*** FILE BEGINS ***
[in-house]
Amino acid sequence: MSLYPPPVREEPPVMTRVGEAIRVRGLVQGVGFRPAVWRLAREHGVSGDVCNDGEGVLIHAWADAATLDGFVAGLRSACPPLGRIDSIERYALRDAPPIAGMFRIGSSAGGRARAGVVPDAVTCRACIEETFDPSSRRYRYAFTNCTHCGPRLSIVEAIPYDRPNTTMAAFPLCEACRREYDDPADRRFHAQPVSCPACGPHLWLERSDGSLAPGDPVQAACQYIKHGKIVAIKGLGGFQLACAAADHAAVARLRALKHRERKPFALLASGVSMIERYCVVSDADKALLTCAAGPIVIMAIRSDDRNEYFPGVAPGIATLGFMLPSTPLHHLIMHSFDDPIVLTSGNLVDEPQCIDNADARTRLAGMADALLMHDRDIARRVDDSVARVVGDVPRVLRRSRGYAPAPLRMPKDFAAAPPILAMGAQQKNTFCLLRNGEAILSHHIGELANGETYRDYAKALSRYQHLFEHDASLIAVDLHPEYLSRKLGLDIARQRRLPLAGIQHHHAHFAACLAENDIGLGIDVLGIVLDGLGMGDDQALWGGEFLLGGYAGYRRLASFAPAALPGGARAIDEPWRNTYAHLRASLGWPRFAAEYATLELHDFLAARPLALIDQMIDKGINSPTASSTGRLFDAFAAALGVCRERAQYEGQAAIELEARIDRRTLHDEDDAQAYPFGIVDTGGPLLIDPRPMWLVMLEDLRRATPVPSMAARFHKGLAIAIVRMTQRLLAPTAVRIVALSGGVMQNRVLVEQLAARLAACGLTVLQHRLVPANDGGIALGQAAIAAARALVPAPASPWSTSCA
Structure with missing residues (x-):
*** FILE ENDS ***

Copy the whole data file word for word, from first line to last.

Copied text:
[in-house]
Amino acid sequence: MSLYPPPVREEPPVMTRVGEAIRVRGLVQGVGFRPAVWRLAREHGVSGDVCNDGEGVLIHAWADAATLDGFVAGLRSACPPLGRIDSIERYALRDAPPIAGMFRIGSSAGGRARAGVVPDAVTCRACIEETFDPSSRRYRYAFTNCTHCGPRLSIVEAIPYDRPNTTMAAFPLCEACRREYDDPADRRFHAQPVSCPACGPHLWLERSDGSLAPGDPVQAACQYIKHGKIVAIKGLGGFQLACAAADHAAVARLRALKHRERKPFALLASGVSMIERYCVVSDADKALLTCAAGPIVIMAIRSDDRNEYFPGVAPGIATLGFMLPSTPLHHLIMHSFDDPIVLTSGNLVDEPQCIDNADARTRLAGMADALLMHDRDIARRVDDSVARVVGDVPRVLRRSRGYAPAPLRMPKDFAAAPPILAMGAQQKNTFCLLRNGEAILSHHIGELANGETYRDYAKALSRYQHLFEHDASLIAVDLHPEYLSRKLGLDIARQRRLPLAGIQHHHAHFAACLAENDIGLGIDVLGIVLDGLGMGDDQALWGGEFLLGGYAGYRRLASFAPAALPGGARAIDEPWRNTYAHLRASLGWPRFAAEYATLELHDFLAARPLALIDQMIDKGINSPTASSTGRLFDAFAAALGVCRERAQYEGQAAIELEARIDRRTLHDEDDAQAYPFGIVDTGGPLLIDPRPMWLVMLEDLRRATPVPSMAARFHKGLAIAIVRMTQRLLAPTAVRIVALSGGVMQNRVLVEQLAARLAACGLTVLQHRLVPANDGGIALGQAAIAAARALVPAPASPWSTSCA
Structure with missing residues (x-):